E CHUNG1,2, D RISI3, J HOLT1, M LONERGAN1, S KOTWAL4,5, K YONG4, B SMYTH5,6, J CHEN1, C WEN1
1Wollongong Hospital, Wollongong, Australia, 2Northern Sydney Clinical School, St Leonards, Australia, 3Research Central, Illawarra Shoalhaven Local Health District, Wollongong, Australia, 4Prince of Wales Hospital, Randwick, Australia, 5The George Institute for Global Health, Sydney, Australia, 6St George Hospital, Kogarah, Australia
Aim: To compare the incidence of AAV between two health districts (Illawarra Shoalhaven local health district (ISLHD), a mixed rural and metropolitan region, and South Eastern Sydney local health district (SESLHD), a metropolitan region) in Australia and its relationship to environmental exposures.
Background: ANCA-associated vasculitis (AAV) is more prevalent in rural areas of Australia compared to metropolitan areas suggesting a role of environment in disease pathogenesis. However, the prevalence of environmental risk factors in Australian AAV patients has not been described.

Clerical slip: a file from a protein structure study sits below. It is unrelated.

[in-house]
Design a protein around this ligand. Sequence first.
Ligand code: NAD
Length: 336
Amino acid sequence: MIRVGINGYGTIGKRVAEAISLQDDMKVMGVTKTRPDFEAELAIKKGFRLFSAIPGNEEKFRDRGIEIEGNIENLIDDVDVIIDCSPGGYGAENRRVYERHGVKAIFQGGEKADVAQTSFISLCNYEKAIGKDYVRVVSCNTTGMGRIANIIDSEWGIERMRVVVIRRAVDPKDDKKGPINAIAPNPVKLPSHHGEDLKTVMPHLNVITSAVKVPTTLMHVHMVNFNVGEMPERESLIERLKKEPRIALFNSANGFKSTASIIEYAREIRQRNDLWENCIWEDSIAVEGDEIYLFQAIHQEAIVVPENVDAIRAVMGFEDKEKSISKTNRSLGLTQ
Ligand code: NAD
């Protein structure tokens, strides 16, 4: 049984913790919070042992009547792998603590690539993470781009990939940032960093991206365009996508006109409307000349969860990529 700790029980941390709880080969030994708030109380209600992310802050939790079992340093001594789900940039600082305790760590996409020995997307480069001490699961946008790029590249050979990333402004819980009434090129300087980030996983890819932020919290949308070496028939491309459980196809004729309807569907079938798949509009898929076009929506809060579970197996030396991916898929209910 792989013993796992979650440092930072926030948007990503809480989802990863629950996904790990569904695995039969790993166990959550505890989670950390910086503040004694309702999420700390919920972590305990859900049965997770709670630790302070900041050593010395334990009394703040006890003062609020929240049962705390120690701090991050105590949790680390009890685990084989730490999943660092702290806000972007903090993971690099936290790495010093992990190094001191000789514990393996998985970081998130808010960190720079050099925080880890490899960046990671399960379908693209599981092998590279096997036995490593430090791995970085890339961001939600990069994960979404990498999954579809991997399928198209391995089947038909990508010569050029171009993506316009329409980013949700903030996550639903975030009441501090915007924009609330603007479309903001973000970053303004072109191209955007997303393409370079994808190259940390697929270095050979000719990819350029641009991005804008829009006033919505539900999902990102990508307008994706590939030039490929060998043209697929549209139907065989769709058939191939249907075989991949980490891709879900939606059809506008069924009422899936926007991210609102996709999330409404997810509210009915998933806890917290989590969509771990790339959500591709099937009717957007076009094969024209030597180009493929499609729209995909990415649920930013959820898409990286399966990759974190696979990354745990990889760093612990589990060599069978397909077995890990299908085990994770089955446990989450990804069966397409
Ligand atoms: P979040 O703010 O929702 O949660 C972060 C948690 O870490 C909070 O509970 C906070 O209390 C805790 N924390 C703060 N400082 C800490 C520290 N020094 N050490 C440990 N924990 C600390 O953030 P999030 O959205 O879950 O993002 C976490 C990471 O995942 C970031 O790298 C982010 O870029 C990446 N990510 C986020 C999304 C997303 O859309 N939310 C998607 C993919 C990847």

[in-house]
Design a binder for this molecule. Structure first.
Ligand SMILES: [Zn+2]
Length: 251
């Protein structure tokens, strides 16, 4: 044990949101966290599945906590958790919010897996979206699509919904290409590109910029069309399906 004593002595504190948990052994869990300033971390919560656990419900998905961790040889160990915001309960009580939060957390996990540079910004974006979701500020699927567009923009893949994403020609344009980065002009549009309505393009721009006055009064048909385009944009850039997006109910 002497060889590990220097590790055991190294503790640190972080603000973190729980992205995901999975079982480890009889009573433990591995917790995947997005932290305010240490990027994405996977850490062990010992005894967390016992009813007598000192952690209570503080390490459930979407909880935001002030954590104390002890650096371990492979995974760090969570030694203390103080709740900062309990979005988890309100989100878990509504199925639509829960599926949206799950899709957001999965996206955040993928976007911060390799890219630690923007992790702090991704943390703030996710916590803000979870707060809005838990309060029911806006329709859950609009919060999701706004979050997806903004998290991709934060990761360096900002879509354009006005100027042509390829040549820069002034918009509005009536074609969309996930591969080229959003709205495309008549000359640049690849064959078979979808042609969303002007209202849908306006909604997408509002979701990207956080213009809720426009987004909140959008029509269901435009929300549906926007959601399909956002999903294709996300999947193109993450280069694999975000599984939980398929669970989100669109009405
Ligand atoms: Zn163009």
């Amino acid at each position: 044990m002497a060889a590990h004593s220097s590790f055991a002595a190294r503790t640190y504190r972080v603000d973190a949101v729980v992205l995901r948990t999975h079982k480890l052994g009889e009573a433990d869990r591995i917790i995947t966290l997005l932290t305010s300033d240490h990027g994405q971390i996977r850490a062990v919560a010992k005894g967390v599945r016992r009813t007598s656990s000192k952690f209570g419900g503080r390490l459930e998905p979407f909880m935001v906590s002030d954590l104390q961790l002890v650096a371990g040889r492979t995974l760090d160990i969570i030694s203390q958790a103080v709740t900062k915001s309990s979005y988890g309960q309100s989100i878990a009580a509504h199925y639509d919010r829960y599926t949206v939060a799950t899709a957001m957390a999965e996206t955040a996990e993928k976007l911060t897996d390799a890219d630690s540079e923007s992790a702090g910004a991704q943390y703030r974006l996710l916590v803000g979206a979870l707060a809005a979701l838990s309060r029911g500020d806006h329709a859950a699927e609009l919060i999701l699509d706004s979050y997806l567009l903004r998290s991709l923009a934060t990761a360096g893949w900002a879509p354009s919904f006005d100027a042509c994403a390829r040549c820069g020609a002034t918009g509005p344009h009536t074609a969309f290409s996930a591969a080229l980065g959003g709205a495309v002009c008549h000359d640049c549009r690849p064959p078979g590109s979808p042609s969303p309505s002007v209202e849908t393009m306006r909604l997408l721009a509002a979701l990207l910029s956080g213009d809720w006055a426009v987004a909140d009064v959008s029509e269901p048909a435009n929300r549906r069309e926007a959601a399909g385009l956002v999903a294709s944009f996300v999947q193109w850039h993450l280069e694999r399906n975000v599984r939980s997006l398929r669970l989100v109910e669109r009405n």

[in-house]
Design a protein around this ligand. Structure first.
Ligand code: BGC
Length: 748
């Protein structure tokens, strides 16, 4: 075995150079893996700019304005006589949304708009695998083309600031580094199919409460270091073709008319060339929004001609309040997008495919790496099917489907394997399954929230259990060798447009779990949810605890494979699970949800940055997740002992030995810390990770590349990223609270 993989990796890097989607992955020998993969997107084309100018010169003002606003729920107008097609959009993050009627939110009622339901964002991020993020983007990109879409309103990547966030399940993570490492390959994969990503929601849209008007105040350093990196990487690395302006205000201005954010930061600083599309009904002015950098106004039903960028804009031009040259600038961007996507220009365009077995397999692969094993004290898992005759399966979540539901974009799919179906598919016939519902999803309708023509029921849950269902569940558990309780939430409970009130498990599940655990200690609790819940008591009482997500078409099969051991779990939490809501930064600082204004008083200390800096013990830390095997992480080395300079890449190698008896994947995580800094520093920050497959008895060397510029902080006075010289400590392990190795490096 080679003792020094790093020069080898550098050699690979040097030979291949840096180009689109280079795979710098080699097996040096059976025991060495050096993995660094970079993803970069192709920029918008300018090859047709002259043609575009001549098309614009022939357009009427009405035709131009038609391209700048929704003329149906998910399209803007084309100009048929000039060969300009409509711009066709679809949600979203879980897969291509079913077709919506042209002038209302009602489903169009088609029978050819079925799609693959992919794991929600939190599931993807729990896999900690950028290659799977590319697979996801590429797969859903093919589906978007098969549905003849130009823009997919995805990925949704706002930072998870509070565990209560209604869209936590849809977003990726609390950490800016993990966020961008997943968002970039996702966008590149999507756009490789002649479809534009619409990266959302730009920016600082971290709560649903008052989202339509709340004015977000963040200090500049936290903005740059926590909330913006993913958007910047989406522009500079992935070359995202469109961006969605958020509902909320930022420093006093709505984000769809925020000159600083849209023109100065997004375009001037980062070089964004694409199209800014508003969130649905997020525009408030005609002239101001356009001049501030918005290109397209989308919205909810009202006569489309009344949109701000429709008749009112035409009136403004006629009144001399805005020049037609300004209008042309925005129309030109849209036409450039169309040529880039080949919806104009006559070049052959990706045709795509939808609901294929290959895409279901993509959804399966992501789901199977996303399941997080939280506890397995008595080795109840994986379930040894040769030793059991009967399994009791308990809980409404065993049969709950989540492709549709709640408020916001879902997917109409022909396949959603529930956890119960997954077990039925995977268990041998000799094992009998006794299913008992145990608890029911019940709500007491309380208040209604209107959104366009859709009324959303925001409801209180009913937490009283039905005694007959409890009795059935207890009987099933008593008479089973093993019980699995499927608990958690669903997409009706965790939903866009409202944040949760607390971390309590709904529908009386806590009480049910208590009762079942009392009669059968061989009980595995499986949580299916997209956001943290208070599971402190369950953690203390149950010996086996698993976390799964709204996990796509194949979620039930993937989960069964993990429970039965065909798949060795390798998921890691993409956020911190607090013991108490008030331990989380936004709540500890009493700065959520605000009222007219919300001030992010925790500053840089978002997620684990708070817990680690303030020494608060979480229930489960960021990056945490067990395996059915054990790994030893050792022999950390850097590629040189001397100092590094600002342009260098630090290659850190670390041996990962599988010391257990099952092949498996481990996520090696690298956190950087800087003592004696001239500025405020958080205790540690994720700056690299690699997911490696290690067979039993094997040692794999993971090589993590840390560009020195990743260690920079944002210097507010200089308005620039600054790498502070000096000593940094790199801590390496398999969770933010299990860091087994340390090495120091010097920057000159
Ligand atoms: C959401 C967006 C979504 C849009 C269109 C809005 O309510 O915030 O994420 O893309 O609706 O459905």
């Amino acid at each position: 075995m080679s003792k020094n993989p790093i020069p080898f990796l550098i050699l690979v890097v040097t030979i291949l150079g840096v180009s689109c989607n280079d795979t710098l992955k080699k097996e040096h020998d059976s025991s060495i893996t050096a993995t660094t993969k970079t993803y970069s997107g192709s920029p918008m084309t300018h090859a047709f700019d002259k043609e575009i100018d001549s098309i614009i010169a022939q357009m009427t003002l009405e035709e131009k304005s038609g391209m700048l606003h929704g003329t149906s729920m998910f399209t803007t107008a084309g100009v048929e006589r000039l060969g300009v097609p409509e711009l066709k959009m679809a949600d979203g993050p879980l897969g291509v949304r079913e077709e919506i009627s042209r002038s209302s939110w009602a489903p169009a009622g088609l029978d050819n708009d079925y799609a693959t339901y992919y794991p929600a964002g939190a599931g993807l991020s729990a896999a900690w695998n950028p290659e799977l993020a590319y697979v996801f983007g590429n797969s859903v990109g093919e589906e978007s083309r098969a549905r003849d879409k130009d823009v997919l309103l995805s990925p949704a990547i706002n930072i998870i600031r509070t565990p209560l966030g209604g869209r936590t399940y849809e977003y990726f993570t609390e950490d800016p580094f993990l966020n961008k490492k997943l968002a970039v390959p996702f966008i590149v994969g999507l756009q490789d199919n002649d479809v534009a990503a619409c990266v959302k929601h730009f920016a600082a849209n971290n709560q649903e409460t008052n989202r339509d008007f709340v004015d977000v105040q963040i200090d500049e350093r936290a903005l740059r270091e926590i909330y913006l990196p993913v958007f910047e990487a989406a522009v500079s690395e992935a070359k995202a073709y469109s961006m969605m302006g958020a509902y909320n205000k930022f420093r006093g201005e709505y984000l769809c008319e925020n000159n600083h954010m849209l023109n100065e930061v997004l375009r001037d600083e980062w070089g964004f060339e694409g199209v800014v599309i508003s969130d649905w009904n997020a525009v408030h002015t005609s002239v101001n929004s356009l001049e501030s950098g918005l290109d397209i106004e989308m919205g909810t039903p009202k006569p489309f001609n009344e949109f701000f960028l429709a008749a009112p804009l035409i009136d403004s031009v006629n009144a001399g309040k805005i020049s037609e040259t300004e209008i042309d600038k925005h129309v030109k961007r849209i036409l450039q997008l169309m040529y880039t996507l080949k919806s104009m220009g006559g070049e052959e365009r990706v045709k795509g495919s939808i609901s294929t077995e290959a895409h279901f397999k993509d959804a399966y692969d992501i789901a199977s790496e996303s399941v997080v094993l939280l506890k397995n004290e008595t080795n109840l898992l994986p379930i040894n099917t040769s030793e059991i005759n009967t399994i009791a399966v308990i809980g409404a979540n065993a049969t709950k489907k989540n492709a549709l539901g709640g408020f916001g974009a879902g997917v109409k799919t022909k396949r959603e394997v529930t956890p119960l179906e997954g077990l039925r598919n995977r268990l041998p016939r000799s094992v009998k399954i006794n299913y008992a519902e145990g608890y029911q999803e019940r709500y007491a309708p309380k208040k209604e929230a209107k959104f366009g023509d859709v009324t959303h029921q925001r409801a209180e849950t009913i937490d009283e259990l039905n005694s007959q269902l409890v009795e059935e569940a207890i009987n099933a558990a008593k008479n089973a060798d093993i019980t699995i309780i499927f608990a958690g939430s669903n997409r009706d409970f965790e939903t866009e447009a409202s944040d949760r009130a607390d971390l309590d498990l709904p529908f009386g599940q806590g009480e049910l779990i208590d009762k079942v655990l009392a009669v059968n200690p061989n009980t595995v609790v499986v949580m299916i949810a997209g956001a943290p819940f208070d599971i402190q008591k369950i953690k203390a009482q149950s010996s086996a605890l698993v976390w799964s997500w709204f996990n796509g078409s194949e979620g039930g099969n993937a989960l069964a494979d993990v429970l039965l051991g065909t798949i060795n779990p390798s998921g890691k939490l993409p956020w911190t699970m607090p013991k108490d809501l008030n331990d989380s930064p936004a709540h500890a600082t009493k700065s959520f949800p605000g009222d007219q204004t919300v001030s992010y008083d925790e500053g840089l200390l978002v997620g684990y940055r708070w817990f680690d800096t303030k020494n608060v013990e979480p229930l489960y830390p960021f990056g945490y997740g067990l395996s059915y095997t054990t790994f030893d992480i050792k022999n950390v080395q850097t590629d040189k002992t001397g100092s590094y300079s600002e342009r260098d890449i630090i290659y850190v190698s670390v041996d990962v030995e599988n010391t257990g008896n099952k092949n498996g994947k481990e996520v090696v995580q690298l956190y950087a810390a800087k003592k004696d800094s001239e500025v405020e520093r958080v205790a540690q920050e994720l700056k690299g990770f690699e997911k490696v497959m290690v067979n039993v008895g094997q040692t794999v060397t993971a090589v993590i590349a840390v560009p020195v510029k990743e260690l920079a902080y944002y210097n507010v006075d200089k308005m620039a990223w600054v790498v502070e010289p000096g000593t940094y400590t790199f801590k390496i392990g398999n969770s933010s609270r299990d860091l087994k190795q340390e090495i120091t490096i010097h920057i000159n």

Methods: Cases of AAV from 2002 to 2017 were retrospectively identified from ISLHD and SESLHD using electronic medical records. Eligible participants were invited to complete a standardised questionnaire examining their exposure to silica, solvents, metal, dust, farming, gardening, and sunlight.
Results: 156 cases of AAV were identified from 2002 to 2017. A higher cumulative incidence of AAV was observed in the ISLHD (184.2 [95% confidence interval (CI) 143.6-232.7] per million) compared to SESLHD (102.6 [95% CI 82.1-126.8] per million). Over 50% of the cohort reported high levels of exposure to silica and solvents. There was no significant relationship between region and exposure to silica (p=0.96), solvents (p=0.44), metal (p=0.33), dust (p=0.25), farming (p=0.90), gardening (p=0.93), or sunlight (p=0.55).
Conclusions: We found a higher incidence of AAV in ISLHD compared to SESLHD with high levels of exposure to silica and solvents in both regions. Prospective systematic collection of data, such as a registry of AAV, is warranted to further explore the relationship between environmental exposures and AAV.
Edmund Chung is a 3rd year renal advanced trainee with an interest in glomerular diseases. He has completed his Bachelor of Medical Studies and Doctor of Medicine at the University of New South Wales in 2013 and a Master of Clinical Epidemiology at University of Sydney in 2015, and has subsequently published systematic reviews with the Cochrane Kidney and Transplant Group. He aspires to better underlying disease mechanisms in autoimmune glomerular diseases, identify novel therapeutic strategies, and translate them into clinical care.